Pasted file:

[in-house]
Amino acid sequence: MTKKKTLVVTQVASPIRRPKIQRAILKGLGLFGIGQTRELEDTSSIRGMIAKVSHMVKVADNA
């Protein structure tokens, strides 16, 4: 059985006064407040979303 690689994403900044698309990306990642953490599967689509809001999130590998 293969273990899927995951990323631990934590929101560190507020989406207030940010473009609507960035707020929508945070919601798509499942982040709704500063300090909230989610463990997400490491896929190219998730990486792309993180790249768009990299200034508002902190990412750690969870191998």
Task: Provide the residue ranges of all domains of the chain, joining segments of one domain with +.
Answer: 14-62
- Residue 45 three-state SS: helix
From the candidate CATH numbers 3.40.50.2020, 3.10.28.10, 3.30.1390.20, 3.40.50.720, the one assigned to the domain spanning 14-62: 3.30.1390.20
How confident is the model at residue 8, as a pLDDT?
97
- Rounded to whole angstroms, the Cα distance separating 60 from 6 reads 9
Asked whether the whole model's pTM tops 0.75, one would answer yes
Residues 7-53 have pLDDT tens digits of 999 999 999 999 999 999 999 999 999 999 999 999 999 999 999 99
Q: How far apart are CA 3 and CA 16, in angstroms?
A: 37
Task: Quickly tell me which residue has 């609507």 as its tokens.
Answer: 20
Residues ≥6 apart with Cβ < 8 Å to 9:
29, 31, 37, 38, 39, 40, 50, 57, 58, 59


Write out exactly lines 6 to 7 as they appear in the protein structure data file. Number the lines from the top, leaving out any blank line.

- Residue 45 three-state SS: helix
From the candidate CATH numbers 3.40.50.2020, 3.10.28.10, 3.30.1390.20, 3.40.50.720, the one assigned to the domain spanning 14-62: 3.30.1390.20